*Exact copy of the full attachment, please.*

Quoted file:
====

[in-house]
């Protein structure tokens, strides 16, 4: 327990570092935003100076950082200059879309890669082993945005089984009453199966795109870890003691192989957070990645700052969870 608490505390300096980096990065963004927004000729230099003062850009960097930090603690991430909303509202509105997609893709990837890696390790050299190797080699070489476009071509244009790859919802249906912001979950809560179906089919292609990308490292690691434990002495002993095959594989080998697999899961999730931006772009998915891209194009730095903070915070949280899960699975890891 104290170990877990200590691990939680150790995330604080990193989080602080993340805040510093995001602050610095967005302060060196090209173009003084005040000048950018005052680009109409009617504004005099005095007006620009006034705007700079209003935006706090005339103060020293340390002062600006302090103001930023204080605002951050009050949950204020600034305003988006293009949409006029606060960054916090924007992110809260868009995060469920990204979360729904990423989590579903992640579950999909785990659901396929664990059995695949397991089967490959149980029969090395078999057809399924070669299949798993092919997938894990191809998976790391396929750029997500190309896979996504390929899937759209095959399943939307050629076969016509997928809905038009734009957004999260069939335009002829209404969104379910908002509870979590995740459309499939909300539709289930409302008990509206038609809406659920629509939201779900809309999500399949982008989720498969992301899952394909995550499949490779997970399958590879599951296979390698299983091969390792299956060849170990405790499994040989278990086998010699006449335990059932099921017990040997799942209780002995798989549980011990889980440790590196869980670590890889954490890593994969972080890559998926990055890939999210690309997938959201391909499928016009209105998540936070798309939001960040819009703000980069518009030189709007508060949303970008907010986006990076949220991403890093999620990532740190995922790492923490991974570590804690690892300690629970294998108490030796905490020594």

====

[in-house]
């Protein structure tokens, strides 16, 4: 327990570092935003100076950082200059879309890669082993945005089984009453199966795109870890003691192989957070990645700052969870 608490505390300096980096990065963004927004000729230099003062850009960097930090603690991430909303509202509105997609893709990837890696390790050299190797080699070489476009071509244009790859919802249906912001979950809560179906089919292609990308490292690691434990002495002993095959594989080998697999899961999730931006772009998915891209194009730095903070915070949280899960699975890891 104290170990877990200590691990939680150790995330604080990193989080602080993340805040510093995001602050610095967005302060060196090209173009003084005040000048950018005052680009109409009617504004005099005095007006620009006034705007700079209003935006706090005339103060020293340390002062600006302090103001930023204080605002951050009050949950204020600034305003988006293009949409006029606060960054916090924007992110809260868009995060469920990204979360729904990423989590579903992640579950999909785990659901396929664990059995695949397991089967490959149980029969090395078999057809399924070669299949798993092919997938894990191809998976790391396929750029997500190309896979996504390929899937759209095959399943939307050629076969016509997928809905038009734009957004999260069939335009002829209404969104379910908002509870979590995740459309499939909300539709289930409302008990509206038609809406659920629509939201779900809309999500399949982008989720498969992301899952394909995550499949490779997970399958590879599951296979390698299983091969390792299956060849170990405790499994040989278990086998010699006449335990059932099921017990040997799942209780002995798989549980011990889980440790590196869980670590890889954490890593994969972080890559998926990055890939999210690309997938959201391909499928016009209105998540936070798309939001960040819009703000980069518009030189709007508060949303970008907010986006990076949220991403890093999620990532740190995922790492923490991974570590804690690892300690629970294998108490030796905490020594």